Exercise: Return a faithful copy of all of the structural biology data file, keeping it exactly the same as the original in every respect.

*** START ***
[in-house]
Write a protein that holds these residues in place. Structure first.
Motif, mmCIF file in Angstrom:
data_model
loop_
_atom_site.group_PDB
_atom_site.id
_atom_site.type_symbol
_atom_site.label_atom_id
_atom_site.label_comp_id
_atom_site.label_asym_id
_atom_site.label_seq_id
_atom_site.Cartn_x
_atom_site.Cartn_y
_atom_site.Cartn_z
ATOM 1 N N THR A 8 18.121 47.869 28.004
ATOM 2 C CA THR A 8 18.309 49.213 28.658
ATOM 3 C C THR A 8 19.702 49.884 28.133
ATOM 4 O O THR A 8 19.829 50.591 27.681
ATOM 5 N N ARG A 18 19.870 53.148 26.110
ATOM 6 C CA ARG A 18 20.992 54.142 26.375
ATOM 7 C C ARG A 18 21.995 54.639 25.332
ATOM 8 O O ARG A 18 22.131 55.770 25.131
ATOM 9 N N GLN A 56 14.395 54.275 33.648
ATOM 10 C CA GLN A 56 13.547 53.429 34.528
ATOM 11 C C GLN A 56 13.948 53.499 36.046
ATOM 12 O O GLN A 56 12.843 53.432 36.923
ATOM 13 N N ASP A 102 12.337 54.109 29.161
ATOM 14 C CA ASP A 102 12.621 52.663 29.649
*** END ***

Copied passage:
[in-house]
Write a protein that holds these residues in place. Structure first.
Motif, mmCIF file in Angstrom:
data_model
loop_
_atom_site.group_PDB
_atom_site.id
_atom_site.type_symbol
_atom_site.label_atom_id
_atom_site.label_comp_id
_atom_site.label_asym_id
_atom_site.label_seq_id
_atom_site.Cartn_x
_atom_site.Cartn_y
_atom_site.Cartn_z
ATOM 1 N N THR A 8 18.121 47.869 28.004
ATOM 2 C CA THR A 8 18.309 49.213 28.658
ATOM 3 C C THR A 8 19.702 49.884 28.133
ATOM 4 O O THR A 8 19.829 50.591 27.681
ATOM 5 N N ARG A 18 19.870 53.148 26.110
ATOM 6 C CA ARG A 18 20.992 54.142 26.375
ATOM 7 C C ARG A 18 21.995 54.639 25.332
ATOM 8 O O ARG A 18 22.131 55.770 25.131
ATOM 9 N N GLN A 56 14.395 54.275 33.648
ATOM 10 C CA GLN A 56 13.547 53.429 34.528
ATOM 11 C C GLN A 56 13.948 53.499 36.046
ATOM 12 O O GLN A 56 12.843 53.432 36.923
ATOM 13 N N ASP A 102 12.337 54.109 29.161
ATOM 14 C CA ASP A 102 12.621 52.663 29.649